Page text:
Bartók and Székely

For many years the world knew only this second violin concerto by Bartók, but when he came to write it in the late 1930s he already had one youthful effort behind him, written for his early love, Stefi Geyer. She never played the first concerto and it did not become known until after her death in 1956, but it gave Bartók a good idea of how a solo violin fitted with an orchestra.

Then in 1928 the composer wrote his two Rhapsodies for violin and piano, which he arranged for orchestra the following year. One of his many violinist friends, the great virtuoso Zoltán Székely who premiered both versions of the Second Rhapsody, had long hoped for a concerto and in 1936 again proposed one. Bartók started studying the concertos by Weill, Szymanowski and Berg but really wanted to write a large work in variation form, while Székely wished for a normal concerto.

In the end both got what they wanted, as the concerto Bartók composed in 1937–38 is actually a set of variations, framed by two movements that are variants of each other. In 1937 Székely, who was then based in The Netherlands, took over leadership of the New Hungarian Quartet. Bartók was worried that this time-consuming job would prevent him from giving the proposed concerto its full quota of performances, but Székely promised to set time aside each year for solo work; he was therefore available to premiere the Second Concerto in Amsterdam on March 23, 1939, with the Concertgebouw Orkest under Willem Mengelberg. The radio recording of the premiere is in excellent sound and both soloist and orchestra play superbly.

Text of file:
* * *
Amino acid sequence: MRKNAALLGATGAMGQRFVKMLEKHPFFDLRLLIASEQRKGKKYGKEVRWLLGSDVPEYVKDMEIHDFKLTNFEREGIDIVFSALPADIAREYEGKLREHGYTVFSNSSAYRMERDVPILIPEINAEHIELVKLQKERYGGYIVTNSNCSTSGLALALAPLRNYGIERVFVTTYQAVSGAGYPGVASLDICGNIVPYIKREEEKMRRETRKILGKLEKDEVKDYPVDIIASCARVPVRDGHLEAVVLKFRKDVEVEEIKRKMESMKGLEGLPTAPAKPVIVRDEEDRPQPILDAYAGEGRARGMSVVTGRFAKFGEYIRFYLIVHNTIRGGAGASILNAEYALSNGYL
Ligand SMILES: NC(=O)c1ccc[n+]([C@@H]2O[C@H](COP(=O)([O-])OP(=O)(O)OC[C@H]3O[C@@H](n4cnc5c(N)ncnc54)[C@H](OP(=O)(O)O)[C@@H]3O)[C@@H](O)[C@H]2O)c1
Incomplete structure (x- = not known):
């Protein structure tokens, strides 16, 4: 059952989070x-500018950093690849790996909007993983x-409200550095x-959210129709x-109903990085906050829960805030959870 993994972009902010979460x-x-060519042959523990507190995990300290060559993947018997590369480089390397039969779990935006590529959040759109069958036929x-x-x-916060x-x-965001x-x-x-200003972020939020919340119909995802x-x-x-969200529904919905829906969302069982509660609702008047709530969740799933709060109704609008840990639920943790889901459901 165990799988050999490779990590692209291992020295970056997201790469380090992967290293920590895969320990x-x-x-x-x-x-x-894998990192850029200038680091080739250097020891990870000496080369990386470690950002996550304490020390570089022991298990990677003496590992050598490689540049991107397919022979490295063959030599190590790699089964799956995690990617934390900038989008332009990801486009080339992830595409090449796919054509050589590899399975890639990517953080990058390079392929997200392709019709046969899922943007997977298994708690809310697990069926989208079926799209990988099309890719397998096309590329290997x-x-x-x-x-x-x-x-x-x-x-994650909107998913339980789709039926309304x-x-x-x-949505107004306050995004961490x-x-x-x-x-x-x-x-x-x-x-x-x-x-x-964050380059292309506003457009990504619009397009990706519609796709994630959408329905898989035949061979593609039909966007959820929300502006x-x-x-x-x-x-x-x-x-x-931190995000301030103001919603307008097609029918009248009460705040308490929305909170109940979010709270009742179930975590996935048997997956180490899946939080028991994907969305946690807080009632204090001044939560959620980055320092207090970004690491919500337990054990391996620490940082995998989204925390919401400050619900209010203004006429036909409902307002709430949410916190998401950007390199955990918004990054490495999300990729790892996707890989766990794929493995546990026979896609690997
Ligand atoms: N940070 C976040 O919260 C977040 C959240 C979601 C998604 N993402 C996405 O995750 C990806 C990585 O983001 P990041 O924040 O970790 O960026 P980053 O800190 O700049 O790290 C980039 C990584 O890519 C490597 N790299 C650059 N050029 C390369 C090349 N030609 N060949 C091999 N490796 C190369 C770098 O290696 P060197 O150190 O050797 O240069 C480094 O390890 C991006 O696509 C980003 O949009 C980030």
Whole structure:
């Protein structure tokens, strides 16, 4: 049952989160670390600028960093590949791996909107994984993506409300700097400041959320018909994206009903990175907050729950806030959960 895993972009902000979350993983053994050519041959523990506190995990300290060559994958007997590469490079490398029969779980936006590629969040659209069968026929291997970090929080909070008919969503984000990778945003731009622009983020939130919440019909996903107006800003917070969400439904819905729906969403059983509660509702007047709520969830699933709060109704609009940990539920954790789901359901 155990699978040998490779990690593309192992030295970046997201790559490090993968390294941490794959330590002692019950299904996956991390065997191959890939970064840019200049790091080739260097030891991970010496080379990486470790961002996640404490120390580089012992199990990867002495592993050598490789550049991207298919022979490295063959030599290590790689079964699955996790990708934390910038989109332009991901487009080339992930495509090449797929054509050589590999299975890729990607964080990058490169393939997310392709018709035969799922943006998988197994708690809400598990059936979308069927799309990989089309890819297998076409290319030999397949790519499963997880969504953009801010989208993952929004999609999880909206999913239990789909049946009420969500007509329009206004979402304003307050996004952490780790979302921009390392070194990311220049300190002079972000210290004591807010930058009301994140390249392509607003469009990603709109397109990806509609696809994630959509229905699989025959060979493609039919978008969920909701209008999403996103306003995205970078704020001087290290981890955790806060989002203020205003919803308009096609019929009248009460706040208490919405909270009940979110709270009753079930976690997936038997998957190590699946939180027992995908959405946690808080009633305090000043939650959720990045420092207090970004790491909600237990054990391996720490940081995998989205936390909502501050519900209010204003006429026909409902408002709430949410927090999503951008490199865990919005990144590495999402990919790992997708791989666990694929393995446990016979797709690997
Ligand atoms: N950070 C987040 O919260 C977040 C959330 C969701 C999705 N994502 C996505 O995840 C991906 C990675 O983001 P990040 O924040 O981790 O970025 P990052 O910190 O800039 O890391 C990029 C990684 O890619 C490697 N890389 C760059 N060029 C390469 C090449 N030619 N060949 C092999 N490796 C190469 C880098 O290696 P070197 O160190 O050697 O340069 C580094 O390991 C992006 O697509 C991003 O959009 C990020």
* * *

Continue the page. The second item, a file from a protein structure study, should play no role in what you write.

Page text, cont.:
Székely was given three years’ exclusive rights to the work, but after the onset of World War II and the invasion of The Netherlands by Germany, he was trapped there for the duration of hostilities, along with his quartet colleagues, suffering considerable privations. Bartók, who had emigrated to New York, wrote to Székely (in German, to pacify the Nazi censors) on 10 December 1940 informing him that he was reducing his friend’s sole rights to 13 months and the work would be available to other performers from September 1, 1941.

It fell to the splendid Ukrainian violinist Tossy Spivakovsky, then concertmaster of the Cleveland Orchestra, to give the US premiere in Cleveland early in 1943 and the first New York performance

later that year with the Philharmonic-Symphony, on both occasions with Artur Rodzinski conducting. Bartók was at the Carnegie Hall performance.

  • Béla Bartók, The Tully Potter Collection
  • Zoltán Székely, The Tully Potter Collection
  • Bartók and Székely, The Netherlands, October 1925, Lebrecht Music & Arts

Britons first heard the concerto in a broadcast from Bedford on September 20, 1944, with Yehudi Menuhin as soloist and Sir Adrian Boult conducting the BBC Symphony Orchestra.

Tully Potter